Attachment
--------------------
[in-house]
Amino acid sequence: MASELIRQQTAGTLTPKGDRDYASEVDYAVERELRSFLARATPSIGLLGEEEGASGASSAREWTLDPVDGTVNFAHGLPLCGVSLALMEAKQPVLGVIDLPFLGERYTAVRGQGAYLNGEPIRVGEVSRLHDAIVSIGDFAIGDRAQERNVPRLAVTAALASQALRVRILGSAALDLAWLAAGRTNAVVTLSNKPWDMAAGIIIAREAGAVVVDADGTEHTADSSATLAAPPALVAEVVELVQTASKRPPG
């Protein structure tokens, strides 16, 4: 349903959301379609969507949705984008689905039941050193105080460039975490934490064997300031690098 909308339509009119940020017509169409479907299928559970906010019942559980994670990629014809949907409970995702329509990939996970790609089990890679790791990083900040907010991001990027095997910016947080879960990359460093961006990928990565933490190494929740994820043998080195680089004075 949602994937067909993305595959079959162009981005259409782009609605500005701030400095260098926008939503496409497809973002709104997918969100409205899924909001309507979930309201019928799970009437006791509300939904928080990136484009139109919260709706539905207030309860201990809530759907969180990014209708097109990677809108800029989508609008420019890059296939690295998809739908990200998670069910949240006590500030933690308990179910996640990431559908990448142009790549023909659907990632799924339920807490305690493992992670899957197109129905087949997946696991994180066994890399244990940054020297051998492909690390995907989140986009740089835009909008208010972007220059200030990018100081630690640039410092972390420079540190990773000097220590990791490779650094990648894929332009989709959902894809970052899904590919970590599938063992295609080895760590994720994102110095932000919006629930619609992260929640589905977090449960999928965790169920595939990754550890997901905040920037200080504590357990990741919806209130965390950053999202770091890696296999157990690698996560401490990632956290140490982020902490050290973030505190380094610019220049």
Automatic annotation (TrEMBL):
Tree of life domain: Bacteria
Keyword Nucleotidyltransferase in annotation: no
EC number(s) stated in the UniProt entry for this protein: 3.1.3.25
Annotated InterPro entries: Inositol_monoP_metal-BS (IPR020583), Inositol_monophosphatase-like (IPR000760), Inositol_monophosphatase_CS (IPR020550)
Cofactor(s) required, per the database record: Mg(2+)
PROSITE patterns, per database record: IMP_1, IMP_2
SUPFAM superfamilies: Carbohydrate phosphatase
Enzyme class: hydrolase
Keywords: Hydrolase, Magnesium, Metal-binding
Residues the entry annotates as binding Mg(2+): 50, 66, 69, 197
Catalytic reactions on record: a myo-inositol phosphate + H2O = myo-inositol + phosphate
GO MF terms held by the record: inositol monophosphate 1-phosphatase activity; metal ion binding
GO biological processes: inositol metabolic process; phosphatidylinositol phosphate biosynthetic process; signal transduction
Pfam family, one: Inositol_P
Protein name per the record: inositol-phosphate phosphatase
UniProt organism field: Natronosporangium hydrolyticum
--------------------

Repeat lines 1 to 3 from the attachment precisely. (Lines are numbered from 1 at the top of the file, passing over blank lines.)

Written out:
[in-house]
Amino acid sequence: MASELIRQQTAGTLTPKGDRDYASEVDYAVERELRSFLARATPSIGLLGEEEGASGASSAREWTLDPVDGTVNFAHGLPLCGVSLALMEAKQPVLGVIDLPFLGERYTAVRGQGAYLNGEPIRVGEVSRLHDAIVSIGDFAIGDRAQERNVPRLAVTAALASQALRVRILGSAALDLAWLAAGRTNAVVTLSNKPWDMAAGIIIAREAGAVVVDADGTEHTADSSATLAAPPALVAEVVELVQTASKRPPG
């Protein structure tokens, strides 16, 4: 349903959301379609969507949705984008689905039941050193105080460039975490934490064997300031690098 909308339509009119940020017509169409479907299928559970906010019942559980994670990629014809949907409970995702329509990939996970790609089990890679790791990083900040907010991001990027095997910016947080879960990359460093961006990928990565933490190494929740994820043998080195680089004075 949602994937067909993305595959079959162009981005259409782009609605500005701030400095260098926008939503496409497809973002709104997918969100409205899924909001309507979930309201019928799970009437006791509300939904928080990136484009139109919260709706539905207030309860201990809530759907969180990014209708097109990677809108800029989508609008420019890059296939690295998809739908990200998670069910949240006590500030933690308990179910996640990431559908990448142009790549023909659907990632799924339920807490305690493992992670899957197109129905087949997946696991994180066994890399244990940054020297051998492909690390995907989140986009740089835009909008208010972007220059200030990018100081630690640039410092972390420079540190990773000097220590990791490779650094990648894929332009989709959902894809970052899904590919970590599938063992295609080895760590994720994102110095932000919006629930619609992260929640589905977090449960999928965790169920595939990754550890997901905040920037200080504590357990990741919806209130965390950053999202770091890696296999157990690698996560401490990632956290140490982020902490050290973030505190380094610019220049």